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100 Years of Camp Randall Stadium

Camp Randall Stadium

It’s not the oldest college-football stadium still in use, but the history of Camp Randall Stadium at the University of Wisconsin is worth noting, as the school honors 100 years of Badger football at a classic horseshoe stadium.

The oldest stadium in use in the Big Ten, the stadium draws its name from its location, on the site of Camp Randall, a Union Army training camp during the Civil War. It was a traditional gathering spot for the small but lively city of Madison, owned by the Wisconsin State Agricultural Society and originally used for events like state fairs and races. When the Civil War broke out, the grounds were used for a Union Army training camp, Camp Randall, beginning on May 1, 1861. Part of the stadium grounds is devoted to remnants of that era, and many fans will enter the stadium via a commemorative and iconic Camp Randall arch.

Camp Randall Stadium

When the university sought a permanent home, the state legislature was petitioned for funding—which came through in 1915. After a few setbacks, including the collapse of bleachers when the dreaded University of Minnesota Golden Gophers visited on Nov. 20, 1915, the concrete structure officially opened in 1917, first with a Badger win over Beloit College on Oct. 6and then officially on November 3, 1917 with the aforementioned Gophers in town. The Badgers were triumphant, 10-7.

Even then Camp Randall Stadium was a mix of old and new. In 1917, Camp Randall Stadium featured seating for 7,500 on a concrete base, and seating for 3,000 more on wooden bleachers reclaimed from the old facility. (Ironically, those wooden bleachers would later burn down, leading the construction of more permanent seating.) The development of Camp Randall Stadium would occur in stages, with major expansions happening in 1921 (more permanent seating), 1924 (completion of the horseshoe with seating on all sides of the field), 1940 (additional seating and a new dorm funded by the Works Progress Administration), 1951 (10,000 seats added), 1958 (field lowered to add 10,000 more seats, with track eliminated), 1966 (upper deck added, along with new press box) and 2004 (luxury box structure added).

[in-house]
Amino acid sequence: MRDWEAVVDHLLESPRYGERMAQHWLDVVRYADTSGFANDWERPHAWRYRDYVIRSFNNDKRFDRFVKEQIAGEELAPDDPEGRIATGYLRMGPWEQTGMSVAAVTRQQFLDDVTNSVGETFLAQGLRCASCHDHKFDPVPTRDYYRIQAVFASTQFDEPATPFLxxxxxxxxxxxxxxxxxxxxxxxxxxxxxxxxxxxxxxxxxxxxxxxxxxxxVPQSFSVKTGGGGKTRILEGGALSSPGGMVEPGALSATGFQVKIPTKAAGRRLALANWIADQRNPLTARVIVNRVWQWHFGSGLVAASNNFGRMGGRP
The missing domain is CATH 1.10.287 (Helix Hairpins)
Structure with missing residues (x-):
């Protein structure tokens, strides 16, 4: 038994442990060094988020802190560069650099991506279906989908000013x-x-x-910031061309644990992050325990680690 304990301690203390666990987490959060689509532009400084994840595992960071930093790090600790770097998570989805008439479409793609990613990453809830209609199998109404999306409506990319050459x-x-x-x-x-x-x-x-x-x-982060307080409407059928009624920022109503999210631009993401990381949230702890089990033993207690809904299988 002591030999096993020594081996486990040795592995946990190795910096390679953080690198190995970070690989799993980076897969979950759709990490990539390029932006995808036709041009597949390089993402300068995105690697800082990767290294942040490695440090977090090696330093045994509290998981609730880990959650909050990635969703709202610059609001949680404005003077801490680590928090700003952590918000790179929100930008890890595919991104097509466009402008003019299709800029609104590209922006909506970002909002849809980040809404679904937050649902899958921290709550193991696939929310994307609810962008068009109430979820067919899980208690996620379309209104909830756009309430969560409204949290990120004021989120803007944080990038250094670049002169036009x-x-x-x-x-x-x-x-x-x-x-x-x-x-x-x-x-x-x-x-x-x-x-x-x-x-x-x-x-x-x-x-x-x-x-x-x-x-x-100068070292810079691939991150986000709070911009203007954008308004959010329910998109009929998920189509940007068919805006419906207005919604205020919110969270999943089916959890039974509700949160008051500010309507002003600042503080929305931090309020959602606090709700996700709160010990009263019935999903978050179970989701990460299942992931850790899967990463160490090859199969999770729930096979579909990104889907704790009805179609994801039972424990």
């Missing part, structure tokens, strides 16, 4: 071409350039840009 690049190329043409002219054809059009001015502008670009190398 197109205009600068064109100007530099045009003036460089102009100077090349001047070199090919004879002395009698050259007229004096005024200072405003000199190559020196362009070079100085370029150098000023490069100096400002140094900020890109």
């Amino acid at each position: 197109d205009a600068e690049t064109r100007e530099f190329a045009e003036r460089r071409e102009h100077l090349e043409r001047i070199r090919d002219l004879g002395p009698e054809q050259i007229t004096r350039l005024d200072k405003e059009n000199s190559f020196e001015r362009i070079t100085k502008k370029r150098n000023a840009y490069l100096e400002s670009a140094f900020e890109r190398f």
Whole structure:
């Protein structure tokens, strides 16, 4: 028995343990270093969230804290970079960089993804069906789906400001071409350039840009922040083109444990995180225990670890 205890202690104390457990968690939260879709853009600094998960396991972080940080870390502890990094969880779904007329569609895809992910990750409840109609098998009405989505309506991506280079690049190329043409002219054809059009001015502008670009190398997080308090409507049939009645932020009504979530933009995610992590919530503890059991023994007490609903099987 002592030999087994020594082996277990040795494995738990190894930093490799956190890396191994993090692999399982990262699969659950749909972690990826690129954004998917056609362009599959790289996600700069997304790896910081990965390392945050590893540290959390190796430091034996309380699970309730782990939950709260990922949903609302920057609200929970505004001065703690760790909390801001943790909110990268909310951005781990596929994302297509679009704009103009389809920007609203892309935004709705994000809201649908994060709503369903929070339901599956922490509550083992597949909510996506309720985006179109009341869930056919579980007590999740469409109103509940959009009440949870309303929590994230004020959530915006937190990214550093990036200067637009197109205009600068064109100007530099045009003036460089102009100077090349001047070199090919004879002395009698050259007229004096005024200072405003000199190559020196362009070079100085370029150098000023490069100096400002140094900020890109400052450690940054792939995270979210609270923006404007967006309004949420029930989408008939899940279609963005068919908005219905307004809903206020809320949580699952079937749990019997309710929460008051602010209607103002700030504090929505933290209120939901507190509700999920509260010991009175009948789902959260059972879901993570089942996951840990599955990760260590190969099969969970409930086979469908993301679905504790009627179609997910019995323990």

Camp Randall Stadium

For many of those years, Camp Randall Stadium wasn’t the biggest or best Big Ten stadium out there: it’s hard to compete with facilities at the University of Michigan and Ohio State, or even the University of Minnesota’s classic old Memorial Stadium. But in the 1960s a series of UW athletic directors—Elroy Hirsch, Pat Richter, Barry Alvarez—took specific steps to upgrade both the stadium and the game-day experience. It was good for the program and good for the school: the UW athletic department contributes money back into the college general fund and requires no subsidies, partly due to football revenues.

On the one hand, this is a classic college horseshoe stadium, with the ambiance of having the Field House at the top of the horseshoe. The neighborhood presence makes for a great game-day experience, even if the stadium architecture is a little bland: it began life as a concrete structure, and to this day concrete dominates the stadium finishes. Even when there’s a sellout crowd in the house (defined as 80,321 fans), the worst seats in the house in the upper deck provide a decent view of the action. The University of Wisconsin puts on a great show, ranging from plenty of pregame festivities and parties across the west end of campus to the Fifth Quarter, a 20-minute presentation from the marching band after the game. (The Fifth Quarter is practical as well: it slows the flow of fans leaving games.) And let’s not forget the playing of Jump Around between the third and fourth quarters: the place literally rocks with tens of thousands of fans jumping around.

Camp Randall Stadium

So, after 100 years, let’s recognize Camp Randall Stadium for providing a great game-day environment, fueled by the enthusiasm of Badger football fans. And while there are plans to upgrade that game-day environment in future years, it’s hard to see much changing when it comes to Badger football at Camp Randall Stadium.

Vintage photos courtesy Wisconsin Historical Society; current Camp Randall image courtesy University of Wisconsin.

This article first appeared in the weekly Football Stadium Digest newsletter. Are you a subscriber? It’s free, and you’ll see features like this before they appear on the Web. Go here to subscribe to the Football Stadium Digest newsletter.

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August Publications